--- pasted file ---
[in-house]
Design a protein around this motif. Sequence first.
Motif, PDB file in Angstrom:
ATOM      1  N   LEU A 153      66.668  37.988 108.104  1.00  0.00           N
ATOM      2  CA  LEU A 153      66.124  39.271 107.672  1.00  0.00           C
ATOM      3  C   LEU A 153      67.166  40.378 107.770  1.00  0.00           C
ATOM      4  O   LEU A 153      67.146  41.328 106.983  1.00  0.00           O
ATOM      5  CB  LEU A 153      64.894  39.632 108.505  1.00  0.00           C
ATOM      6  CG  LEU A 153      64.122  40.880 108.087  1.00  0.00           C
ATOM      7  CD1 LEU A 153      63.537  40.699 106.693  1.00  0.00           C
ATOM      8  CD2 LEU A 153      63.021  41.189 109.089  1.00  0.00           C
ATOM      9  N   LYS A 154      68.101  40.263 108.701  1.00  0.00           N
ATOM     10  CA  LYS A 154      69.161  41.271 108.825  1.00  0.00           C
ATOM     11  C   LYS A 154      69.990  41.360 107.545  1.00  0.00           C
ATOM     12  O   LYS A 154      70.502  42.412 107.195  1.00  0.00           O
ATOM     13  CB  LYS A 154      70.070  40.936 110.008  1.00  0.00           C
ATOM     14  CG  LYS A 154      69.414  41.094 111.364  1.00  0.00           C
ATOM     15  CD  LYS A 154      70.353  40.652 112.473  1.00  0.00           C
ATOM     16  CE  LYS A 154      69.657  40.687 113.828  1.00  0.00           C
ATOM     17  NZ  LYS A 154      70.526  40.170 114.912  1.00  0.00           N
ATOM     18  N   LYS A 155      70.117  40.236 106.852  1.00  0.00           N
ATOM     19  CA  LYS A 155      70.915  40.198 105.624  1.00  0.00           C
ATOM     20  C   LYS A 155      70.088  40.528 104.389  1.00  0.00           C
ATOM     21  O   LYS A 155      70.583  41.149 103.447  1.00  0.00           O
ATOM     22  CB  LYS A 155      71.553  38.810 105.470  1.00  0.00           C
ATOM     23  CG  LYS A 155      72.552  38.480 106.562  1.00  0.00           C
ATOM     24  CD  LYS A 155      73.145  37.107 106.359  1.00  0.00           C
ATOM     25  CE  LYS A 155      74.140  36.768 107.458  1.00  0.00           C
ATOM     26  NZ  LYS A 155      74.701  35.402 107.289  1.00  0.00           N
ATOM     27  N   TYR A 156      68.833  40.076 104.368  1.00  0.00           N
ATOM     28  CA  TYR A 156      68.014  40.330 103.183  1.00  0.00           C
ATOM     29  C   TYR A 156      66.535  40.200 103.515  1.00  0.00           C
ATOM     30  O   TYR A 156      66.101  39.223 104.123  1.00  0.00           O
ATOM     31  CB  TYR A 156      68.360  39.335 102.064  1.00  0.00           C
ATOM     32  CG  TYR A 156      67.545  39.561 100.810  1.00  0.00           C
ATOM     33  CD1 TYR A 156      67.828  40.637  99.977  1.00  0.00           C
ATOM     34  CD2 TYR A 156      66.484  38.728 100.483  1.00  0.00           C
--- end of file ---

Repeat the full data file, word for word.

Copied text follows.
[in-house]
Design a protein around this motif. Sequence first.
Motif, PDB file in Angstrom:
ATOM      1  N   LEU A 153      66.668  37.988 108.104  1.00  0.00           N
ATOM      2  CA  LEU A 153      66.124  39.271 107.672  1.00  0.00           C
ATOM      3  C   LEU A 153      67.166  40.378 107.770  1.00  0.00           C
ATOM      4  O   LEU A 153      67.146  41.328 106.983  1.00  0.00           O
ATOM      5  CB  LEU A 153      64.894  39.632 108.505  1.00  0.00           C
ATOM      6  CG  LEU A 153      64.122  40.880 108.087  1.00  0.00           C
ATOM      7  CD1 LEU A 153      63.537  40.699 106.693  1.00  0.00           C
ATOM      8  CD2 LEU A 153      63.021  41.189 109.089  1.00  0.00           C
ATOM      9  N   LYS A 154      68.101  40.263 108.701  1.00  0.00           N
ATOM     10  CA  LYS A 154      69.161  41.271 108.825  1.00  0.00           C
ATOM     11  C   LYS A 154      69.990  41.360 107.545  1.00  0.00           C
ATOM     12  O   LYS A 154      70.502  42.412 107.195  1.00  0.00           O
ATOM     13  CB  LYS A 154      70.070  40.936 110.008  1.00  0.00           C
ATOM     14  CG  LYS A 154      69.414  41.094 111.364  1.00  0.00           C
ATOM     15  CD  LYS A 154      70.353  40.652 112.473  1.00  0.00           C
ATOM     16  CE  LYS A 154      69.657  40.687 113.828  1.00  0.00           C
ATOM     17  NZ  LYS A 154      70.526  40.170 114.912  1.00  0.00           N
ATOM     18  N   LYS A 155      70.117  40.236 106.852  1.00  0.00           N
ATOM     19  CA  LYS A 155      70.915  40.198 105.624  1.00  0.00           C
ATOM     20  C   LYS A 155      70.088  40.528 104.389  1.00  0.00           C
ATOM     21  O   LYS A 155      70.583  41.149 103.447  1.00  0.00           O
ATOM     22  CB  LYS A 155      71.553  38.810 105.470  1.00  0.00           C
ATOM     23  CG  LYS A 155      72.552  38.480 106.562  1.00  0.00           C
ATOM     24  CD  LYS A 155      73.145  37.107 106.359  1.00  0.00           C
ATOM     25  CE  LYS A 155      74.140  36.768 107.458  1.00  0.00           C
ATOM     26  NZ  LYS A 155      74.701  35.402 107.289  1.00  0.00           N
ATOM     27  N   TYR A 156      68.833  40.076 104.368  1.00  0.00           N
ATOM     28  CA  TYR A 156      68.014  40.330 103.183  1.00  0.00           C
ATOM     29  C   TYR A 156      66.535  40.200 103.515  1.00  0.00           C
ATOM     30  O   TYR A 156      66.101  39.223 104.123  1.00  0.00           O
ATOM     31  CB  TYR A 156      68.360  39.335 102.064  1.00  0.00           C
ATOM     32  CG  TYR A 156      67.545  39.561 100.810  1.00  0.00           C
ATOM     33  CD1 TYR A 156      67.828  40.637  99.977  1.00  0.00           C
ATOM     34  CD2 TYR A 156      66.484  38.728 100.483  1.00  0.00           C